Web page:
In our business, we talk to a lot of buyers of security. What has been particularly interesting to see unfold, is how new conversations about the way security services are delivered are taking place.
This is important because when someone sets up a contract with us they are buying a service from a team of experts with over 100 years of operational experience. Experience gained from security delivered in some of the most ferocious war zones of the 21st century, including Iraq and Afghanistan. John Johnson, our VP of Operations, is a decorated war vet who headed up the operations of 650 canine teams for the US military. He sat down with Taliban warlords and negotiated his way through delicate cultural exchanges. Which means, when we’re helping you put your security plan together it’s going to have the best minds on the job.
No one client should ever have a carbon copy security plan of another client’s business. Security plans are built from risk assessments (we hear threat assessment used in the US but for civilian sites we prefer “risk assessment”).
We understand that buyers of security have to walk the line in controlling costs but also managing the risks that their business may encounter. Therefore, we start every new potential assignment, even before we have signed a contract, with a visit to site and a checklist for a security risk assessment. We invite comment from all the stakeholders, including the management team, and then workers or residents and visitors to the site to gauge their view of the security risk. We send our team to site, or we can view it online and by satellite. This is not the ideal, but it can give us enough insight to start the risk assessment process.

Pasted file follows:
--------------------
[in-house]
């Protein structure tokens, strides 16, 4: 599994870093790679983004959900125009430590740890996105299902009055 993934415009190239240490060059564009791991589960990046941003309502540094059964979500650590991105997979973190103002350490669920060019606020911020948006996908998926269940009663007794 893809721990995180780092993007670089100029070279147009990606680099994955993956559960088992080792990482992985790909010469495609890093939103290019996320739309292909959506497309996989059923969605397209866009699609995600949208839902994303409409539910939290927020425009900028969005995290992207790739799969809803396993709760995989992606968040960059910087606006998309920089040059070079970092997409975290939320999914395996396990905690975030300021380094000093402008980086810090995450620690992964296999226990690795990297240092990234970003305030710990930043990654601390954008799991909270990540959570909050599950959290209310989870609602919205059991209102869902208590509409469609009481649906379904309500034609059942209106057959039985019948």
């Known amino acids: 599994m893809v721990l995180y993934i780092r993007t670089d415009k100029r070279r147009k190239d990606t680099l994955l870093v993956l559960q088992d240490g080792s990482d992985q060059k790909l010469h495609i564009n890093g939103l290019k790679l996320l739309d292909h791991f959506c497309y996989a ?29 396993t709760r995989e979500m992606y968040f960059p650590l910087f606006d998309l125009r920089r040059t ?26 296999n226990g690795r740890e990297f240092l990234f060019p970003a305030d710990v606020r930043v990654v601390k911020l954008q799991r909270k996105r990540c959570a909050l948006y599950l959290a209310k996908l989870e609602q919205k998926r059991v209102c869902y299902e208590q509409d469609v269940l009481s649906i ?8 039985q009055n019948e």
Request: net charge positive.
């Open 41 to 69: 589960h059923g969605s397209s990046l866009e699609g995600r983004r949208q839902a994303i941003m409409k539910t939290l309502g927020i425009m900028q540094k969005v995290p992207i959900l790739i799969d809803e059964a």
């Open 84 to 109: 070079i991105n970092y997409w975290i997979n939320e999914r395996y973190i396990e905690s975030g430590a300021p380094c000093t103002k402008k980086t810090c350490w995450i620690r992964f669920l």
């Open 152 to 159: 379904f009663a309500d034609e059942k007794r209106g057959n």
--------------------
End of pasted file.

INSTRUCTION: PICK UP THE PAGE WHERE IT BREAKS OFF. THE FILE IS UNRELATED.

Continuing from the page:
What we want to achieve for our clients is a risk assessment, and then security plan which anticipates all the risks which may impact a site, and then have a plan to eliminate, or at least reduce, those risks. We do this by mixing human, K9 and technological resources to create a security plan which is appropriate to the situation, well planned, cost effective and easy to understand!
So, if you are in the driving seat of finding and hiring a security company here are top tips for getting the best outcome:
Tip #1 | Define Your Requirement
If you are starting a scratch or if you already have a plan, we encourage you and your team to write down in bullet point form, your expectations of a security team and its operation. Keep it simple. If you know your business, then you will know the risks. However, complex your business you are working with the daily risks now so just put them in a list. Share them in your team and see if your old security plan has a list, or the same list. Build on the material you already have.
Once you have all the bullet points in place, you can work them into a proper specification for the security contract. But we encourage the use of the acronym “KISS” – Keep It Simple Stupid. Don’t overly complicate your requirements or try to put them into management speak. Your new security partner has to be able to follow your thought process, so everyone gets to be on the same page.
Tip #2 | Define Your Vendor Criteria
There are plenty of private security companies in the market, so a pre-qualification process is going to sort the “wheat from the chaff”. You may have material in place to send out as a pre-qual questionnaire, or a more formal bid process may be in place. We see all types and standards of documentation. If you are heading up the appointment of a security company, check when this process was last reviewed and updated. It may be time to change the way security vendors are chosen particularly if the current contract needs to be terminated.